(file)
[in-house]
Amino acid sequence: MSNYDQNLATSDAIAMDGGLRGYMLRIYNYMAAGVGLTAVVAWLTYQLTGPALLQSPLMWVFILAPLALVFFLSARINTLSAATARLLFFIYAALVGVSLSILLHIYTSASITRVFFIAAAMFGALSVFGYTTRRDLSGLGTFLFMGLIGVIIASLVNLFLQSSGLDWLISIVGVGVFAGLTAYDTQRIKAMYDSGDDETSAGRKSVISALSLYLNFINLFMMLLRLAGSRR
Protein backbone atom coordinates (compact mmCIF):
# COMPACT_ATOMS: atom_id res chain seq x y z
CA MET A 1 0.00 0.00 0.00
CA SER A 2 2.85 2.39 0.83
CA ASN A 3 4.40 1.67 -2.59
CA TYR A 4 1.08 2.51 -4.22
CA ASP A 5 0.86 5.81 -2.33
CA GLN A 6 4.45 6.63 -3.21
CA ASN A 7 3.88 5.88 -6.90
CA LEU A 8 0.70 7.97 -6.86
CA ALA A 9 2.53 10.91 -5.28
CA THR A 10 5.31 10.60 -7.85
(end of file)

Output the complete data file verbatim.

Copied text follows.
[in-house]
Amino acid sequence: MSNYDQNLATSDAIAMDGGLRGYMLRIYNYMAAGVGLTAVVAWLTYQLTGPALLQSPLMWVFILAPLALVFFLSARINTLSAATARLLFFIYAALVGVSLSILLHIYTSASITRVFFIAAAMFGALSVFGYTTRRDLSGLGTFLFMGLIGVIIASLVNLFLQSSGLDWLISIVGVGVFAGLTAYDTQRIKAMYDSGDDETSAGRKSVISALSLYLNFINLFMMLLRLAGSRR
Protein backbone atom coordinates (compact mmCIF):
# COMPACT_ATOMS: atom_id res chain seq x y z
CA MET A 1 0.00 0.00 0.00
CA SER A 2 2.85 2.39 0.83
CA ASN A 3 4.40 1.67 -2.59
CA TYR A 4 1.08 2.51 -4.22
CA ASP A 5 0.86 5.81 -2.33
CA GLN A 6 4.45 6.63 -3.21
CA ASN A 7 3.88 5.88 -6.90
CA LEU A 8 0.70 7.97 -6.86
CA ALA A 9 2.53 10.91 -5.28
CA THR A 10 5.31 10.60 -7.85